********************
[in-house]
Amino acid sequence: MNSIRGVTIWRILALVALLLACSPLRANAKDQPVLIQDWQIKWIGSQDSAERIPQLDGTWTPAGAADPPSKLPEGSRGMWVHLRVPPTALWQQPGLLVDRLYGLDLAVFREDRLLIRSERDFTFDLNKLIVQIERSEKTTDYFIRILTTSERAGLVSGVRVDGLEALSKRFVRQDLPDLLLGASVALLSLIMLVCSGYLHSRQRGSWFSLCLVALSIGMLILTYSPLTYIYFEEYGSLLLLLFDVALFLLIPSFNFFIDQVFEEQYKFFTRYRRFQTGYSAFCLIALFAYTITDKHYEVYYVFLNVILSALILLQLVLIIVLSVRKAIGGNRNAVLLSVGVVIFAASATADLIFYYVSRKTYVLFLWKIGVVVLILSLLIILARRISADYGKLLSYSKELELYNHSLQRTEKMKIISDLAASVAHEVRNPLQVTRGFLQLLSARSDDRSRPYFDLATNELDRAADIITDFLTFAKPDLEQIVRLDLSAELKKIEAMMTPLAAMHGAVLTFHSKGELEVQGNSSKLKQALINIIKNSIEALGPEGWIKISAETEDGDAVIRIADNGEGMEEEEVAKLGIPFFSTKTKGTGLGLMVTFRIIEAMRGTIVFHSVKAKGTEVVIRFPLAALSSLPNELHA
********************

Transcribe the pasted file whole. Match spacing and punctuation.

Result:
[in-house]
Amino acid sequence: MNSIRGVTIWRILALVALLLACSPLRANAKDQPVLIQDWQIKWIGSQDSAERIPQLDGTWTPAGAADPPSKLPEGSRGMWVHLRVPPTALWQQPGLLVDRLYGLDLAVFREDRLLIRSERDFTFDLNKLIVQIERSEKTTDYFIRILTTSERAGLVSGVRVDGLEALSKRFVRQDLPDLLLGASVALLSLIMLVCSGYLHSRQRGSWFSLCLVALSIGMLILTYSPLTYIYFEEYGSLLLLLFDVALFLLIPSFNFFIDQVFEEQYKFFTRYRRFQTGYSAFCLIALFAYTITDKHYEVYYVFLNVILSALILLQLVLIIVLSVRKAIGGNRNAVLLSVGVVIFAASATADLIFYYVSRKTYVLFLWKIGVVVLILSLLIILARRISADYGKLLSYSKELELYNHSLQRTEKMKIISDLAASVAHEVRNPLQVTRGFLQLLSARSDDRSRPYFDLATNELDRAADIITDFLTFAKPDLEQIVRLDLSAELKKIEAMMTPLAAMHGAVLTFHSKGELEVQGNSSKLKQALINIIKNSIEALGPEGWIKISAETEDGDAVIRIADNGEGMEEEEVAKLGIPFFSTKTKGTGLGLMVTFRIIEAMRGTIVFHSVKAKGTEVVIRFPLAALSSLPNELHA